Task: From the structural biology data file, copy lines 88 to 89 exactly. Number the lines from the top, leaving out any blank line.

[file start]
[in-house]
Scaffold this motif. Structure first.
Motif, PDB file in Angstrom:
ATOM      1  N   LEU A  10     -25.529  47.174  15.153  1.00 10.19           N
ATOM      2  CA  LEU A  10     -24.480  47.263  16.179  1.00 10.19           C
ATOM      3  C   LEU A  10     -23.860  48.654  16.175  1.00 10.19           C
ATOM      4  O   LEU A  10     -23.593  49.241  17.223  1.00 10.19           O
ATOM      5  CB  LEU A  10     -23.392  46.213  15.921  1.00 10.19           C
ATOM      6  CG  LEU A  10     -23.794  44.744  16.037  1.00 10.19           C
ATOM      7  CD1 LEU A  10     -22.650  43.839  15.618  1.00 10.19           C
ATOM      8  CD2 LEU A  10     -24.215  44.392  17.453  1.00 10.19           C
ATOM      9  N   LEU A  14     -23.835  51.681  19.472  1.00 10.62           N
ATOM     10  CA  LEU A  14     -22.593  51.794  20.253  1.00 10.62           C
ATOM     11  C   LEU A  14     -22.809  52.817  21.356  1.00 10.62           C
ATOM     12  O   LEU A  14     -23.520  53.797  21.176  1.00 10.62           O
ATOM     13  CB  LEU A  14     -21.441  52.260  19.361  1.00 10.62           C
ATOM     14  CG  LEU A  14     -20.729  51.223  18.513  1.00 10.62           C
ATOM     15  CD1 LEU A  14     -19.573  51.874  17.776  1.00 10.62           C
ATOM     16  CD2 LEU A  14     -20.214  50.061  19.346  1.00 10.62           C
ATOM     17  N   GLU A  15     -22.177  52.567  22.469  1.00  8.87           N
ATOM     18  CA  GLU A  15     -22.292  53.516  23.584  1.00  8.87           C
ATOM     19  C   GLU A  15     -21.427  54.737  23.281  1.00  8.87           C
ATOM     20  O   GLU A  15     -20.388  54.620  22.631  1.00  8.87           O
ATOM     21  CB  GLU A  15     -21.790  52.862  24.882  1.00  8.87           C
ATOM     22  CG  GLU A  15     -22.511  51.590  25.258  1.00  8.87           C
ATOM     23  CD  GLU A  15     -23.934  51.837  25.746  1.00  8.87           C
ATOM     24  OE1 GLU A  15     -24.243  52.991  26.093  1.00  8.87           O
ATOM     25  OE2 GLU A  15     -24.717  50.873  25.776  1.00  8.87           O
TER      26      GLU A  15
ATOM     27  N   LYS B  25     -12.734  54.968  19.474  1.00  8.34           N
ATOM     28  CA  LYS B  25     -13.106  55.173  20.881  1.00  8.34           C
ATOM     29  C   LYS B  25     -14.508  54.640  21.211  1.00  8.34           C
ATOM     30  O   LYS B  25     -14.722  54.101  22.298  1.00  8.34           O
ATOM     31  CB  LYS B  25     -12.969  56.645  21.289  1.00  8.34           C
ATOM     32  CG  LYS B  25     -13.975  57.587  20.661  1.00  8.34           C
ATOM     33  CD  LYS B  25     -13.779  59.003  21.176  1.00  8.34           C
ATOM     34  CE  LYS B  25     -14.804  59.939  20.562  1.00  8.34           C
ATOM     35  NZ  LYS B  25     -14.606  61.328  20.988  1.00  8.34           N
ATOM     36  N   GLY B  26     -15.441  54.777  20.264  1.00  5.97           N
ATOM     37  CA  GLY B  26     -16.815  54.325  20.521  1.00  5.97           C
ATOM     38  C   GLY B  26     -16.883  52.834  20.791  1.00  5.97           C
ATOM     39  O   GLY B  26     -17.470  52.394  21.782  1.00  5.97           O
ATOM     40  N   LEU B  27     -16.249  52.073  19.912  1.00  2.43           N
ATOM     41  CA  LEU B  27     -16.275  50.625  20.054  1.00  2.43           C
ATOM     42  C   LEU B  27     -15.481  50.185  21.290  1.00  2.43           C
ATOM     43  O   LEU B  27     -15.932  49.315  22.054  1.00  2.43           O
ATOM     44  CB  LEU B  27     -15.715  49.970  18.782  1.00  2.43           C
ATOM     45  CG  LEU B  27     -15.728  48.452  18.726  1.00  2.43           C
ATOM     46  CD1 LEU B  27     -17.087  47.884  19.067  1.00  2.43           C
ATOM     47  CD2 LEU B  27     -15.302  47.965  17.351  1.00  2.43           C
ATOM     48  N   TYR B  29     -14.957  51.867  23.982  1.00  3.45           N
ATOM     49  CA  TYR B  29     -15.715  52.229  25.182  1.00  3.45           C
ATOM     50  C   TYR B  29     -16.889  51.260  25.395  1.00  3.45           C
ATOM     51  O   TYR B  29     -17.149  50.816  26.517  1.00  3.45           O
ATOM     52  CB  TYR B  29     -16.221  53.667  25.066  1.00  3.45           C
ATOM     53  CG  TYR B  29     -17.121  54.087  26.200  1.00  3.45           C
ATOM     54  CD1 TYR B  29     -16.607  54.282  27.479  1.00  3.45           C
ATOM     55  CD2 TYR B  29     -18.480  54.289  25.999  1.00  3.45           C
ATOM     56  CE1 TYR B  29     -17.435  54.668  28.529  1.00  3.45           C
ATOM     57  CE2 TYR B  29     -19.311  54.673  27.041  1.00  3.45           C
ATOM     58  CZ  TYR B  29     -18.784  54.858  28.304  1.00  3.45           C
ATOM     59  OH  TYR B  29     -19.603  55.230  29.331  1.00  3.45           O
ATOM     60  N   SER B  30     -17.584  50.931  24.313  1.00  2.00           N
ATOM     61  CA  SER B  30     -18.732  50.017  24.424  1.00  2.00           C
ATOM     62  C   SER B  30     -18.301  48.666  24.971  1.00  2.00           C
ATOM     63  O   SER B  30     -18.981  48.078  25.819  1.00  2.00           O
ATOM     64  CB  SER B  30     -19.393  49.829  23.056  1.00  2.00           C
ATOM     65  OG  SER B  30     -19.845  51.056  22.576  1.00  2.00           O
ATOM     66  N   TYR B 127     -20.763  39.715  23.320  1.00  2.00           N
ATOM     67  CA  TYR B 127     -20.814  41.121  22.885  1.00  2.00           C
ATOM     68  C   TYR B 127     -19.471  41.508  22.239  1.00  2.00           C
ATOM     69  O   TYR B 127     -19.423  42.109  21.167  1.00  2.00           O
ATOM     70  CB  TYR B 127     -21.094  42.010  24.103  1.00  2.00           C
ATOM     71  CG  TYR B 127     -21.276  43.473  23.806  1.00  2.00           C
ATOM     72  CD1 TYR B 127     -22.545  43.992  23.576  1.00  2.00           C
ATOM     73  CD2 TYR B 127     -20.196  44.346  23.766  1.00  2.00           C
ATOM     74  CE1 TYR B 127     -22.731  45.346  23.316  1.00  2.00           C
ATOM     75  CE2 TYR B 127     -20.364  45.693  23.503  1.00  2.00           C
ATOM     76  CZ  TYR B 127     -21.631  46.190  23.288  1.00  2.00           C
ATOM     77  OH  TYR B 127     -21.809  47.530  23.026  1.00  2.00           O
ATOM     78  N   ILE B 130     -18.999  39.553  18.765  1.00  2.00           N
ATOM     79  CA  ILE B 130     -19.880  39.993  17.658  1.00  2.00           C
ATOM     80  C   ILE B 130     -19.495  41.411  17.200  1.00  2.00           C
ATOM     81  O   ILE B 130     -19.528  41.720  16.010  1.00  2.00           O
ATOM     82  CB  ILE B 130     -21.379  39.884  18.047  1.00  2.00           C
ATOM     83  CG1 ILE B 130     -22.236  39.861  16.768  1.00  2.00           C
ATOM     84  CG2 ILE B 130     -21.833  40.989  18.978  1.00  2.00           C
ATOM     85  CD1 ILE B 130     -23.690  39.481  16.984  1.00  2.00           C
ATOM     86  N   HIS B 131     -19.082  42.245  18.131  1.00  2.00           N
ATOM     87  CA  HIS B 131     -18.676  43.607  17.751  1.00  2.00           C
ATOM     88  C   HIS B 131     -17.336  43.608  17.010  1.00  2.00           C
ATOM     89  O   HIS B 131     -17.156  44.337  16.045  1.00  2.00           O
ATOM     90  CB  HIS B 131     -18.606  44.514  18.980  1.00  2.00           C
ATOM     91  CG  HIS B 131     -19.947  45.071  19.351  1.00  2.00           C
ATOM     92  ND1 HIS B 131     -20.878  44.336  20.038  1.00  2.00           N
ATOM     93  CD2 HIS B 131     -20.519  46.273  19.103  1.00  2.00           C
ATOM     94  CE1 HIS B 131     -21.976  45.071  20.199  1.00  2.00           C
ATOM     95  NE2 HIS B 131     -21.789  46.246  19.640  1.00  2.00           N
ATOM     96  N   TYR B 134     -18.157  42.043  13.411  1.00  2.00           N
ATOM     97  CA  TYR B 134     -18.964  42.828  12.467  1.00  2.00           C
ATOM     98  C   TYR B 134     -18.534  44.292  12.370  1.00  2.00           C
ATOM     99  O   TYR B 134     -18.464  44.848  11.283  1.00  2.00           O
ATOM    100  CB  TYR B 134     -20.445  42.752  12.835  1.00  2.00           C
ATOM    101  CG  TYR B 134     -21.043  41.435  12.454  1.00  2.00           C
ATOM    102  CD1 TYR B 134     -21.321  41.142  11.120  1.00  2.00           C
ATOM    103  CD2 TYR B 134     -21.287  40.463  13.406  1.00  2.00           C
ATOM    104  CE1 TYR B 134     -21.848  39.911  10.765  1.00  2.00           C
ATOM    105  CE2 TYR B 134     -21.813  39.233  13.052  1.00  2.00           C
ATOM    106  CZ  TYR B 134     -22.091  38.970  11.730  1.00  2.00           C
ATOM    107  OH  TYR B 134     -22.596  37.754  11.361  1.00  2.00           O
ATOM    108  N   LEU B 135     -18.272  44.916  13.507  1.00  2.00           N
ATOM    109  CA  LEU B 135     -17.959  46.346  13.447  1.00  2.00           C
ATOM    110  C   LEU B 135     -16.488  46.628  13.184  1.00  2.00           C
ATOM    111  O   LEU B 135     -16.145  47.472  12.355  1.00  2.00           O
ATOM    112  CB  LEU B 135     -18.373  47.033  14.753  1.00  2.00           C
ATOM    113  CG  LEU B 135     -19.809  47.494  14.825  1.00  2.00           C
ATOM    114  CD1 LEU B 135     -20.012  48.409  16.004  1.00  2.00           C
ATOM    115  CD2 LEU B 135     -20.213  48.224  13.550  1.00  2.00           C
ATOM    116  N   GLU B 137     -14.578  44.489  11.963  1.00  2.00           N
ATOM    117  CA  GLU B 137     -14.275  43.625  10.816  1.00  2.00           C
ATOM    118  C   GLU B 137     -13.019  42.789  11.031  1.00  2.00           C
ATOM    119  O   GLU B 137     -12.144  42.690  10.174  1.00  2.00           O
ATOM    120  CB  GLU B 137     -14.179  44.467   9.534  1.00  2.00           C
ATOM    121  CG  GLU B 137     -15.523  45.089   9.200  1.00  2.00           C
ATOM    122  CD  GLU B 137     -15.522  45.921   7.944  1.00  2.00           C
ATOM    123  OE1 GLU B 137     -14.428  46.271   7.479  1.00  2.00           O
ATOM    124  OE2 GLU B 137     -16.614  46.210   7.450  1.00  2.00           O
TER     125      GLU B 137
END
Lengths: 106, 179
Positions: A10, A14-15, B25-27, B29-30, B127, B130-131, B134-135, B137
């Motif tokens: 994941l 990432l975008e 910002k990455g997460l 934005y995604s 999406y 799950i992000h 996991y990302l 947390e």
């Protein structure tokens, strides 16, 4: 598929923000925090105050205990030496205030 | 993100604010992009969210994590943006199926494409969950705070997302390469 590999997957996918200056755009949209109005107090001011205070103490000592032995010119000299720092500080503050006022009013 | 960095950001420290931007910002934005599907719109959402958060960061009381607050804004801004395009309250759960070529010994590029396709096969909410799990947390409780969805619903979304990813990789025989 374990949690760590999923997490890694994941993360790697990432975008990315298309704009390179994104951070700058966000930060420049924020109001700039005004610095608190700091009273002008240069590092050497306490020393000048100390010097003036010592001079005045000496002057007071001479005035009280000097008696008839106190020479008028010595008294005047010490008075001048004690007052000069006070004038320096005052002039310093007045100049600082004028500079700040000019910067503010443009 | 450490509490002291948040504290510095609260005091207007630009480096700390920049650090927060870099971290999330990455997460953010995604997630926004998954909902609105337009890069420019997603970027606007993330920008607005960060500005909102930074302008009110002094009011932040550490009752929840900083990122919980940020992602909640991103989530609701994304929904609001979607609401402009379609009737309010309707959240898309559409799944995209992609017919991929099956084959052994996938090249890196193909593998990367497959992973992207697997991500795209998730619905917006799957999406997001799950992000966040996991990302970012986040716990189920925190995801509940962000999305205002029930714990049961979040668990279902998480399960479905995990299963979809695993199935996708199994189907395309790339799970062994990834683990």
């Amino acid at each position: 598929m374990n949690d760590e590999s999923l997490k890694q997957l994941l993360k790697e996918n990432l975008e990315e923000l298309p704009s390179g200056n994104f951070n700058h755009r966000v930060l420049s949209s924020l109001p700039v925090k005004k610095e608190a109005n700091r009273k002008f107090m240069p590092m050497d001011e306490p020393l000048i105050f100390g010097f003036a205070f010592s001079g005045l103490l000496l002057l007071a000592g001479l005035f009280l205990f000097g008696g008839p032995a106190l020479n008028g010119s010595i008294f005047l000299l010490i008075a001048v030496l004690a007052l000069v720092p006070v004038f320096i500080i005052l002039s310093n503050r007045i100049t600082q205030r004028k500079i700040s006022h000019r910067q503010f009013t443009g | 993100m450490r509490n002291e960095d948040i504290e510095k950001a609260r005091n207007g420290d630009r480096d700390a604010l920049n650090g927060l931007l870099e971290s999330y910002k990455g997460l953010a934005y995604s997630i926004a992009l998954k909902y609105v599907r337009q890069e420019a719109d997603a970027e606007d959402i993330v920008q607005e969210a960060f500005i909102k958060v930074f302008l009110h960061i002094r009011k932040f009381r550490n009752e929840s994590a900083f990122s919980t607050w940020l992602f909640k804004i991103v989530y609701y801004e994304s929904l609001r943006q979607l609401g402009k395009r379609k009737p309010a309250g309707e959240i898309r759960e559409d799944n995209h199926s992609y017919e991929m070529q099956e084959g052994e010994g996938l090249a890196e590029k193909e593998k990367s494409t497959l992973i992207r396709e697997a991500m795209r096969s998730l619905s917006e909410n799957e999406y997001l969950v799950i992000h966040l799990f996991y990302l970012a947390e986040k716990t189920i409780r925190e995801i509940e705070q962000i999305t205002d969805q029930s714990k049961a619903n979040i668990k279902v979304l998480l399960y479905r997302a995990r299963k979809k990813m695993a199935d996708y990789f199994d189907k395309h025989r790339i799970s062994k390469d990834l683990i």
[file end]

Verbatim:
ATOM     85  CD1 ILE B 130     -23.690  39.481  16.984  1.00  2.00           C
ATOM     86  N   HIS B 131     -19.082  42.245  18.131  1.00  2.00           N